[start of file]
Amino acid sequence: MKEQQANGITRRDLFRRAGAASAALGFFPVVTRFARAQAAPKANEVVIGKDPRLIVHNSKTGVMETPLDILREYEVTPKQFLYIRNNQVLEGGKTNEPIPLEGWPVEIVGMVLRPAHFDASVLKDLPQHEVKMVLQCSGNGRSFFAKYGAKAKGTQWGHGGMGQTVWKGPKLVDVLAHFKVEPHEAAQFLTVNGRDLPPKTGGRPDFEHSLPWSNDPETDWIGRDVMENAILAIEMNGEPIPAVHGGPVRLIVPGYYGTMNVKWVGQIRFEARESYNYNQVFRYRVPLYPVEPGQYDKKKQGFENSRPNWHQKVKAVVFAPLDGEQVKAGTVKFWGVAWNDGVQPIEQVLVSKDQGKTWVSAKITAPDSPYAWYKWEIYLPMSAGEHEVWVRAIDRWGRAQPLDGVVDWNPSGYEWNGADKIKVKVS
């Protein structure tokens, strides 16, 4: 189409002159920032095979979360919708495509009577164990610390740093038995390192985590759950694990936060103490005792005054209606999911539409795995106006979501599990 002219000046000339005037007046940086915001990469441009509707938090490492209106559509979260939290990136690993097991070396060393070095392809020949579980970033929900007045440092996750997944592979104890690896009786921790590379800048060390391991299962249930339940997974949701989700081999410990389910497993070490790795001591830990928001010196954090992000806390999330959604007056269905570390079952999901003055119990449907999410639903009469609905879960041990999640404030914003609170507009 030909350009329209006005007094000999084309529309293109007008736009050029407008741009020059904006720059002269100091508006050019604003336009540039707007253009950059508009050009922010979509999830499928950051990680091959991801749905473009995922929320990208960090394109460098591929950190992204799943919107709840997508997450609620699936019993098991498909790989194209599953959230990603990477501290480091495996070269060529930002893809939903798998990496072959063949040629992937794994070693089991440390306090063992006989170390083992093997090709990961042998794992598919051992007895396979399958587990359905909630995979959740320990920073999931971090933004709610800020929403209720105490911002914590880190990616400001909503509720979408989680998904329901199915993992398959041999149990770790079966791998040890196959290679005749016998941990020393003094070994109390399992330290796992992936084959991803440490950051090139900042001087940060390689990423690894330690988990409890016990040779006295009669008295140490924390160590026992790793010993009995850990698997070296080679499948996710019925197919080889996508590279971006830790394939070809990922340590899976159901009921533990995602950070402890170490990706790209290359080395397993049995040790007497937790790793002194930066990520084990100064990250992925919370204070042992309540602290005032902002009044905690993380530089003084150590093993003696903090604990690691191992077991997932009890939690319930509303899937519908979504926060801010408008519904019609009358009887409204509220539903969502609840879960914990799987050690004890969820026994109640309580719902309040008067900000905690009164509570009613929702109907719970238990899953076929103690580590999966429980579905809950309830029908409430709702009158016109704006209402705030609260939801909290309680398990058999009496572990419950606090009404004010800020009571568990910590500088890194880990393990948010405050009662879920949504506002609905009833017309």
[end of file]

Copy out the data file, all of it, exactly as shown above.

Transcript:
Amino acid sequence: MKEQQANGITRRDLFRRAGAASAALGFFPVVTRFARAQAAPKANEVVIGKDPRLIVHNSKTGVMETPLDILREYEVTPKQFLYIRNNQVLEGGKTNEPIPLEGWPVEIVGMVLRPAHFDASVLKDLPQHEVKMVLQCSGNGRSFFAKYGAKAKGTQWGHGGMGQTVWKGPKLVDVLAHFKVEPHEAAQFLTVNGRDLPPKTGGRPDFEHSLPWSNDPETDWIGRDVMENAILAIEMNGEPIPAVHGGPVRLIVPGYYGTMNVKWVGQIRFEARESYNYNQVFRYRVPLYPVEPGQYDKKKQGFENSRPNWHQKVKAVVFAPLDGEQVKAGTVKFWGVAWNDGVQPIEQVLVSKDQGKTWVSAKITAPDSPYAWYKWEIYLPMSAGEHEVWVRAIDRWGRAQPLDGVVDWNPSGYEWNGADKIKVKVS
């Protein structure tokens, strides 16, 4: 189409002159920032095979979360919708495509009577164990610390740093038995390192985590759950694990936060103490005792005054209606999911539409795995106006979501599990 002219000046000339005037007046940086915001990469441009509707938090490492209106559509979260939290990136690993097991070396060393070095392809020949579980970033929900007045440092996750997944592979104890690896009786921790590379800048060390391991299962249930339940997974949701989700081999410990389910497993070490790795001591830990928001010196954090992000806390999330959604007056269905570390079952999901003055119990449907999410639903009469609905879960041990999640404030914003609170507009 030909350009329209006005007094000999084309529309293109007008736009050029407008741009020059904006720059002269100091508006050019604003336009540039707007253009950059508009050009922010979509999830499928950051990680091959991801749905473009995922929320990208960090394109460098591929950190992204799943919107709840997508997450609620699936019993098991498909790989194209599953959230990603990477501290480091495996070269060529930002893809939903798998990496072959063949040629992937794994070693089991440390306090063992006989170390083992093997090709990961042998794992598919051992007895396979399958587990359905909630995979959740320990920073999931971090933004709610800020929403209720105490911002914590880190990616400001909503509720979408989680998904329901199915993992398959041999149990770790079966791998040890196959290679005749016998941990020393003094070994109390399992330290796992992936084959991803440490950051090139900042001087940060390689990423690894330690988990409890016990040779006295009669008295140490924390160590026992790793010993009995850990698997070296080679499948996710019925197919080889996508590279971006830790394939070809990922340590899976159901009921533990995602950070402890170490990706790209290359080395397993049995040790007497937790790793002194930066990520084990100064990250992925919370204070042992309540602290005032902002009044905690993380530089003084150590093993003696903090604990690691191992077991997932009890939690319930509303899937519908979504926060801010408008519904019609009358009887409204509220539903969502609840879960914990799987050690004890969820026994109640309580719902309040008067900000905690009164509570009613929702109907719970238990899953076929103690580590999966429980579905809950309830029908409430709702009158016109704006209402705030609260939801909290309680398990058999009496572990419950606090009404004010800020009571568990910590500088890194880990393990948010405050009662879920949504506002609905009833017309």